MTV Networks' Spike TV, in a major score for the network, landed former Lionhead Studios head Peter Molyneux to help out as an on-air commentator all this week for E3. Host Geoff Keighley invited us by their set near LA Live, and we took the opportunity to ask Peter Molyneux all about the experience of playing journalist for a week.
As it turns out, the creator of Fable and Black & White really does seem to have a newfound appreciation of the hard work that we in the media deal with on a daily basis.
"It's fascinating. I've been on the other side of the equation for 20 years. I've been at every E3 and CES and that puts you into one way of thinking and you think in 20-minute intervals - that's how long you've got with a journalist and it's all about getting a message across and being very, very focused. And then to sit on the other side, it's unbelievable how much stuff is whirling around you as a journalist," Molyneux acknowledged to GamesIndustry International.
"If I say something and it doesn't appear in the game or I say it in such as way that it seems more exciting than it is in the game, I have to take the blame for that, I have to"
"In the middle of everything going on you've got to write the story as you're hearing at that point in time, because after the next 20 minutes you're going to have another story to write, and another."
Interestingly, Molyneux noted - perhaps partially in jest - that he would consider changing his approach to game design and demos now that he has a better understanding of how journalists must operate.
"I would give a 30-second demo to the journalist and give 19 and a half minutes to write it up," he said. "I'd get ten times the amount of space and it would probably be far more impactful. What's really interesting is I don't think the press has the time to take in these 15-20 minutes demos on-stage... by the time they're already halfway through that demo they're already thinking about or writing the next bit."
Molyneux has been roundly criticized by some of us in the media in the past for making grand promises for his unreleased games, and then when those titles finally shipped they didn't live up to expectations or include certain features. It would appear that Molyneux understands that journalists are just doing their job and he was more than willing to own up to his past mistakes.
"I piss myself off. Listening to myself talk in these interviews is bad enough - I feel like flaming myself!"
"I still find it to be a big problem stopping myself when I'm excited during an interview. I'm the worst press person in the world actually, because I just go into this mode where I start talking about the game and I get really, really excited and that comes across especially when a lot of interviews are very PR driven, and of course I get in trouble. And if I say something and it doesn't appear in the game or I say it in such as way that it seems more exciting than it is in the game, I have to take the blame for that, I have to," he admitted.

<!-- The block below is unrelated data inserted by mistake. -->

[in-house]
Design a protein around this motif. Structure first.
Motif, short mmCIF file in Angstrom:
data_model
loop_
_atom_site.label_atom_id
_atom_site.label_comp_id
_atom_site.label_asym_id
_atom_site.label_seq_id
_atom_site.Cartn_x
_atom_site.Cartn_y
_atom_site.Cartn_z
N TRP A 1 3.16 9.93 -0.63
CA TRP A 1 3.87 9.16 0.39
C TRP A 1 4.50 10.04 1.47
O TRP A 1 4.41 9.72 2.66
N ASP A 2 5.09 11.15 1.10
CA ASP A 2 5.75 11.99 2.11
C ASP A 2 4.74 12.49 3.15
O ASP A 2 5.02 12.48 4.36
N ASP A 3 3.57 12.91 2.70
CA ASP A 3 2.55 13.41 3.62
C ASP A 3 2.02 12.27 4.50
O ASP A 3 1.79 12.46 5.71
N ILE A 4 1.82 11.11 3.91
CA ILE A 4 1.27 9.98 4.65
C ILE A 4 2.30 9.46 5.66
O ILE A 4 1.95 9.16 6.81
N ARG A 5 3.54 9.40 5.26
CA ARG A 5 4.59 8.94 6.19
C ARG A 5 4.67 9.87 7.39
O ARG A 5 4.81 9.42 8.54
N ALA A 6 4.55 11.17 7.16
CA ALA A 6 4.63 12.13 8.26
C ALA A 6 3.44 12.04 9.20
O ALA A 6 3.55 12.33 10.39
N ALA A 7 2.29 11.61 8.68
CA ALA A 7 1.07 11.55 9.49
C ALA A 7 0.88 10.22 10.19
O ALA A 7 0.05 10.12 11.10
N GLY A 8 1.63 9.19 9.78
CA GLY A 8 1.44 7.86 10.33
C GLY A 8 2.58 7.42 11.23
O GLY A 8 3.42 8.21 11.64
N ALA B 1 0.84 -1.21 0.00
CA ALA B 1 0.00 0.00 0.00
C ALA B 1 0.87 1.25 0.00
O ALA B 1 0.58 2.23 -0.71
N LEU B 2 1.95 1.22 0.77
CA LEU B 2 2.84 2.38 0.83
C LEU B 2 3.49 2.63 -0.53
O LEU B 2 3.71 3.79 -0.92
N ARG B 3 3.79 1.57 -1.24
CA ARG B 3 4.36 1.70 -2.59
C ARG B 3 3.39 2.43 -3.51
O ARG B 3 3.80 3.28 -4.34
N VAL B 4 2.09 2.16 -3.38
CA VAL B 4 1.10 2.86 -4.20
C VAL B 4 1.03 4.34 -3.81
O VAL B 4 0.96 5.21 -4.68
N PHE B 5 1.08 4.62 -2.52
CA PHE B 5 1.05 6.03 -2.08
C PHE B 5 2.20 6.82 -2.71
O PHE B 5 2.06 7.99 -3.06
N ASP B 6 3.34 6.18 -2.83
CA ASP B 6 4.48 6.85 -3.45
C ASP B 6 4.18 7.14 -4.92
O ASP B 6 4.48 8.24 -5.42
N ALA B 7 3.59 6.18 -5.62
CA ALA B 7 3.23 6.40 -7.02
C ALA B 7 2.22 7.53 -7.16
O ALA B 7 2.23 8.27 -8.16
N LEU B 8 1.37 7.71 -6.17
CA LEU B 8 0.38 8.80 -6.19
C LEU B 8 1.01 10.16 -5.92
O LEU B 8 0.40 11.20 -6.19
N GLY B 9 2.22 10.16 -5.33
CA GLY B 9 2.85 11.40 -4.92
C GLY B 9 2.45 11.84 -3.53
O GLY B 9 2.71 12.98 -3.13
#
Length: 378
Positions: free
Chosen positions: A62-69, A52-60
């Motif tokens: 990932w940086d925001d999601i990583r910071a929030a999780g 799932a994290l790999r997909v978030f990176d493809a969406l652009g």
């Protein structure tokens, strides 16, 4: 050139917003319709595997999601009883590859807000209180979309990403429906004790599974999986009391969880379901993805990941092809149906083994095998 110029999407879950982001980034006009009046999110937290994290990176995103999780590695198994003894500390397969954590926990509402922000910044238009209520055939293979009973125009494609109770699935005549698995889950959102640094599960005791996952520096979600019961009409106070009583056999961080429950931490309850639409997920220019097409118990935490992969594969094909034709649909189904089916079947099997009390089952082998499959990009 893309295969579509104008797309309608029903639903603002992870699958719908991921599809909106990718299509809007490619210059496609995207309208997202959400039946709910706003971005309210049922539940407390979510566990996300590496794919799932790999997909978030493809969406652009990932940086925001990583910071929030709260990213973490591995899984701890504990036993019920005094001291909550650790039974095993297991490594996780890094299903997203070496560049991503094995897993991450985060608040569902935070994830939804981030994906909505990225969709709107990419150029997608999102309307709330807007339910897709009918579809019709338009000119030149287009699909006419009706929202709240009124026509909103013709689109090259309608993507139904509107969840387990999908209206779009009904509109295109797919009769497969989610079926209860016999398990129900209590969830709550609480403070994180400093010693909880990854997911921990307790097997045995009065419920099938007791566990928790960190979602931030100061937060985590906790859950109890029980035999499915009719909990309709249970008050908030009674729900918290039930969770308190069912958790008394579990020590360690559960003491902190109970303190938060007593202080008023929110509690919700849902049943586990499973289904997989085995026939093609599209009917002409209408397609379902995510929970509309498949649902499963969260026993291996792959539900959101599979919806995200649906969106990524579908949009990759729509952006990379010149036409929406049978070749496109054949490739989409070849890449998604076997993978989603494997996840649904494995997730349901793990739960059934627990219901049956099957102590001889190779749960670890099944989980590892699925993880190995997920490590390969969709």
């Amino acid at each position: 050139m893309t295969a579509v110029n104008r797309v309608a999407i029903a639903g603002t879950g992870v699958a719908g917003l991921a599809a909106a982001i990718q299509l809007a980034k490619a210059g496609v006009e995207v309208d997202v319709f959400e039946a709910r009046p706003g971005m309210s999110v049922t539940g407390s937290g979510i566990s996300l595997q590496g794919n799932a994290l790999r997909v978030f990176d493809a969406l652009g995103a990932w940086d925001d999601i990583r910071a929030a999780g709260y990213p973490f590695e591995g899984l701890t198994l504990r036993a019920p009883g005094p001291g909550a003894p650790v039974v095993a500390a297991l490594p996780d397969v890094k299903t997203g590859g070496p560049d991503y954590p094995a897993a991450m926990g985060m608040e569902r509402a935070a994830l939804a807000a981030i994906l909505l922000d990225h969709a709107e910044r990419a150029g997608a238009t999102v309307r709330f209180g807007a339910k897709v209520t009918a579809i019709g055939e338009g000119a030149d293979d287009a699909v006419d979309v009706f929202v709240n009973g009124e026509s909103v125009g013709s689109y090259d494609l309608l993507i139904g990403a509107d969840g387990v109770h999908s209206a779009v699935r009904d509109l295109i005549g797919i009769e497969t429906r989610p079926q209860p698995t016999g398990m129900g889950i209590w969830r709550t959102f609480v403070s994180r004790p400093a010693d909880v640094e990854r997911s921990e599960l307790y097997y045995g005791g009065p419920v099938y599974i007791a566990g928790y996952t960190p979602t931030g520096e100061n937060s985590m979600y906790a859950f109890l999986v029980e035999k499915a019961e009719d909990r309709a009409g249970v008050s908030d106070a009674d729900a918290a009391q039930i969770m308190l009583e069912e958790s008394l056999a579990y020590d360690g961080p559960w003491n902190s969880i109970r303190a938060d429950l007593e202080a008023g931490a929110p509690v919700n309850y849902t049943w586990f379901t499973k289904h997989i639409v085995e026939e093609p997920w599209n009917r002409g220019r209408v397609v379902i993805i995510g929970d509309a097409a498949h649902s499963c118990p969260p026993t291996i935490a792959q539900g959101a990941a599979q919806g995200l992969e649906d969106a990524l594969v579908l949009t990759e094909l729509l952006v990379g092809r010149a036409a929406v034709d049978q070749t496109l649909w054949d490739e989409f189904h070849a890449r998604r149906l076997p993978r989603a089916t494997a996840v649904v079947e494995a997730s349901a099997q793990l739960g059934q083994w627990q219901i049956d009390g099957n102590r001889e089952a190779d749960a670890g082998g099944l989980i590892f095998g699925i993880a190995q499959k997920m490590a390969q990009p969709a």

"And what I'm trying to do with 22 Cans is I'm trying to stop that by having these little small experiments where I can say look, 'this is why I'm so excited because the results of this experiment have been used in this way.' But it is a big problem and I can understand it - you know, I piss myself off. Listening to myself talk in these interviews is bad enough - I feel like flaming myself!"
As for his own thoughts on E3, we questioned the designer about his opinion that E3 itself might be "outdated."
"No one can deny that this industry is changing radically. It's like a snake shedding its skin - we're not quite sure what's going to be underneath," he began. "And we've got lots of things on the periphery of this which we can choose to ignore and pretend they'll go away or we can choose to embrace - the change from retail to digital and the incredible amount of technology that's present, whether it be touch and mobile devices, whether it be social gameplay, whether it be cloud-based gameplay, whether it be this persistence people are talking about or the ability to play games on multiple devices... all this stuff is happening and I ask myself one simple question when I sit at E3 now, 'How often do I see those big issues being addressed in a show like this?' I think anybody you ask 'what's this industry going to be like in 5 years?' and I don't think anyone would turn around and say it's going to be retail-based where 85 percent of revenues are gotten in a 12-week period around Christmas."
"Even just looking at the two press conferences I've seen so far [Microsoft and EA] I don't really get a sense of the elephant in the room truly being addressed"
"That's really what I'm looking for at E3 is how we're going to address the problems and opportunities that are going to come up in the next 2-3 years, because I think a show like this is most relevant when it actually looks at those things."
In the end, if E3 is going to change, then the publishers will need to change first, and that poses a potential problem.
"The sympathy I have for E3 is it only reflects what the publishers want to show but I think that in itself shows an awful lot about where those publishers are. I think they've got to change themselves from being one animal - they defined themselves for decades as being companies that specialize in sales and marketing and distribution and having relationships with retailers, and conquering and owning console platforms - and they've got to embrace an incredibly different model. So I think it's a fascinating time. Even just looking at the two press conferences I've seen so far [Microsoft and EA] I don't really get a sense of the elephant in the room truly being addressed," he concluded.
We'll have much more from our Molyneux conversation soon. Stay tuned.